As the international community considers how to respond to the recent massacre of 108 civilians in the Syrian town of Houla, many eyes are focused on the position of Russia. This makes sense, given Moscow’s strategic interests in Syria, and its reluctance to approve international sanctions in the past. Yet attention should also be given to attitudes in China, which not only holds a permanent seat at the U.N. Security Council, but also has significant economic leverage at its disposal.
It’s understandable that observers, including Republican presidential candidate Mitt Romney, should encourage the Obama administration to redouble its pressure on Moscow. Russia, after all, is the Syrian government’s top arms supplier, and maintains a link to the Mediterranean through its naval base at Tartus.
But Russia isn’t the only great power with significant interests in Syria – China also deserves mention. Indeed, China’s overall stakes in the Syrian economy surpass those of Russia. In 2011, Syria imported at least $2.4 Billion in goods from China. Imports from Russia were less than $1.9 Billion. China’s trade is facilitated, in part, by a Syrian-Chinese Businessmen Council, formed after Assad’s inaugural visit to China in 2004.
Perhaps more importantly, China holds large equities in Syria’s oil industry. The China National Petroleum Corporation holds minority stakes in two of Syria’s largest petroleum companies, and has signed multi-billion dollar deals to assist in the exploration and development of Syria’s oil producing regions. China has also stepped in as an important consumer of Syrian oil in the aftermath of an EU embargo.
Might China be willing to break with Russia and support an elevation of pressure on Syria, such as sanctions or even an International Criminal Court indictment for individual perpetrators?
The answer depends on two factors. One is the situation on the ground. Continued bloodshed not only poses a grave humanitarian challenge, it also jeopardizes China’s economic interests and the lives of any remaining Chinese citizens in the country. As a result, further violence may give China’s leaders doubts about the viability of a hands-off approach.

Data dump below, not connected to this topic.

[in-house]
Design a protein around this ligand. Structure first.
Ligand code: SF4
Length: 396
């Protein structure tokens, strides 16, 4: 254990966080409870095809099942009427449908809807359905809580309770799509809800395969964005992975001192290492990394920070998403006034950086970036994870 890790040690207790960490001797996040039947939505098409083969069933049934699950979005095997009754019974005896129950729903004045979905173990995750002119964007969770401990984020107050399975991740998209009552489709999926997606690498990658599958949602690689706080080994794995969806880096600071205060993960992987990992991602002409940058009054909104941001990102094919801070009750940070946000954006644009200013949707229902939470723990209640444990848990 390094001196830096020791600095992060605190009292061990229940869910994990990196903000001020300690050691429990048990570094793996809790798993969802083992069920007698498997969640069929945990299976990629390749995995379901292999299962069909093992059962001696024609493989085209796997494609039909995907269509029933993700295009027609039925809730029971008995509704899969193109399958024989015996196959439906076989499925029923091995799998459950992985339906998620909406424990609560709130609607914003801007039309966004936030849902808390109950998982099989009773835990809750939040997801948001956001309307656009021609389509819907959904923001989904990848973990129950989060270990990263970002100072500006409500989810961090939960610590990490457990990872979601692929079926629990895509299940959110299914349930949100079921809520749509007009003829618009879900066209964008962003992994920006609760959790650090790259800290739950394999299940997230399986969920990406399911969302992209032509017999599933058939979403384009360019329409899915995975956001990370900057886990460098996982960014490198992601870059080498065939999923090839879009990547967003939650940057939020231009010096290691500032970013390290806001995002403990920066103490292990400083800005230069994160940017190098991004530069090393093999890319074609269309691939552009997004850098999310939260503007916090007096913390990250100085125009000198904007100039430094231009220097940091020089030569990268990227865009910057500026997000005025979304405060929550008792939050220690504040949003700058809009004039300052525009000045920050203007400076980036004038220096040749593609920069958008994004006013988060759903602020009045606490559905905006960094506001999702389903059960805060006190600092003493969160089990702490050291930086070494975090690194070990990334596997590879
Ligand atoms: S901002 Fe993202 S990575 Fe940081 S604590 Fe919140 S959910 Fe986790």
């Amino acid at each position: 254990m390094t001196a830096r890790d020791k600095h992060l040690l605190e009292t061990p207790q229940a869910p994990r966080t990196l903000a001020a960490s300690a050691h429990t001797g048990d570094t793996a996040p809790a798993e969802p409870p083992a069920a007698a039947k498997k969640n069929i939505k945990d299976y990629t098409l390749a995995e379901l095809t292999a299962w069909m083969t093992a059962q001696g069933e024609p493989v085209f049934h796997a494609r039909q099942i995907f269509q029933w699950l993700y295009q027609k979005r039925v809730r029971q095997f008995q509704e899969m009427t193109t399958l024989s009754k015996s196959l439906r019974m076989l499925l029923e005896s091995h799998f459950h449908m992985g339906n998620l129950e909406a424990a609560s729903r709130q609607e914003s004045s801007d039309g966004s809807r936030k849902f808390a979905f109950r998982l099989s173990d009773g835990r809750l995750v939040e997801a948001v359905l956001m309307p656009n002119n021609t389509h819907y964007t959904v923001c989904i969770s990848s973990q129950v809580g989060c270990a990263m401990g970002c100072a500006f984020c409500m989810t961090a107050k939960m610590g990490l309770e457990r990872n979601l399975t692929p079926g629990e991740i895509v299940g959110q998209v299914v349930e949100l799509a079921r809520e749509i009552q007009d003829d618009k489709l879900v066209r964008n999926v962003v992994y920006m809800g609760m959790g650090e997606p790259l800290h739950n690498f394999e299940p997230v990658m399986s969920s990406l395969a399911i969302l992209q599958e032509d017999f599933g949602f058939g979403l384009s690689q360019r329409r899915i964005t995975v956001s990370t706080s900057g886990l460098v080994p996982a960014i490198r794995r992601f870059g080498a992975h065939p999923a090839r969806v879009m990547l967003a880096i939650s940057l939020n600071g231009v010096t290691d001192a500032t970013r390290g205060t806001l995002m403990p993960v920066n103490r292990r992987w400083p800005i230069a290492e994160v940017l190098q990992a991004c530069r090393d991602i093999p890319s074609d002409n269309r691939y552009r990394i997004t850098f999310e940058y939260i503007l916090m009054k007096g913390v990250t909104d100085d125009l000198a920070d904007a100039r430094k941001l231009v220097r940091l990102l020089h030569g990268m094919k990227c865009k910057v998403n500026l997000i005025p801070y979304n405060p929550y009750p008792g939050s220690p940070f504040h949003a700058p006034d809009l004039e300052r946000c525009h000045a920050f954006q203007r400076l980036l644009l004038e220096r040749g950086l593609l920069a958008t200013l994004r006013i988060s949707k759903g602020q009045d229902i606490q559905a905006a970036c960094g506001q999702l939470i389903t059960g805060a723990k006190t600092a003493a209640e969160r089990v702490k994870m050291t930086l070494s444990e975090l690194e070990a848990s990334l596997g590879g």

The problem with this argument is that Chinese officials and experts are concerned that a potential collapse of the Assad regime will lead to a destabilizing power vacuum. One Middle East expert that I talked with in Beijing, who had received delegations from the Syrian opposition, reported that he was not convinced that the opposition would be able to form a sustainable unity government, and that instability in a post-Assad Syria may precipitate a wider regional conflict.
Similarly, in contrast to Libya, Beijing has retained positive ties with the Assad regime. It was arguably easier for the U.S. to enlist China’s support against Gaddafi, who had alienated China just as he had alienated states in the region, than against Assad. For these reasons, China will be even more reluctant to embrace regime change, or even policies that may result in a collapse of the regime.
The second factor is the political costs associated with shielding the regime. China has already encountered regional opposition. During the Security Council’s deliberation on a draft resolution aimed at the violence in Syria in February, China’s U.N. ambassador found himself surrounded by delegates from the Arab world urging his government to abstain, and not use the veto. To the surprise of some Western observers, China ultimately did use the veto.
Unfortunately, there has been comparatively little pressure on Beijing from Washington, London, Paris and other Western governments. With attention focused on Russia, and with Beijing’s support needed on a raft of other issues, including North Korea and Iran, there hasn’t been a sustained effort to convince China that international pressure is necessary to alleviate the suffering in Syria.
Might such a campaign be effective? It’s certainly possible.
The message to Beijing should be twofold. First, coercion, when done properly, may be able to stem violence against civilians and avoid a collapse of the regime, a goal shared by the U.S., which is similarly skeptical about the Syrian opposition. A case must be made to China that any U.N. resolution, or other types of multilateral action, aren’t aimed at regime change, but at preventing further atrocities by the government or government-directed militias.
Second is that a willingness to use its economic and political interests will accrue diplomatic goodwill to China, in the same way that its bilateral interventions with the Sudanese government over Darfur did. The case of Syria – and, in particular, its reaction to the crimes against humanity perpetrated in Houla – offers China an opportunity to prove that it has the intention to play a constructive, and not merely a reactive, role on the world stage. It’s up to the United States and its allies to make clear that there are benefits to cooperation, and costs to continued opposition.
Joel Wuthnow is a Fellow in the China & the World Program at Princeton University and author of the forthcoming book Chinese Diplomacy in the U.N. Security Council. He is on Twitter @jwuthnow.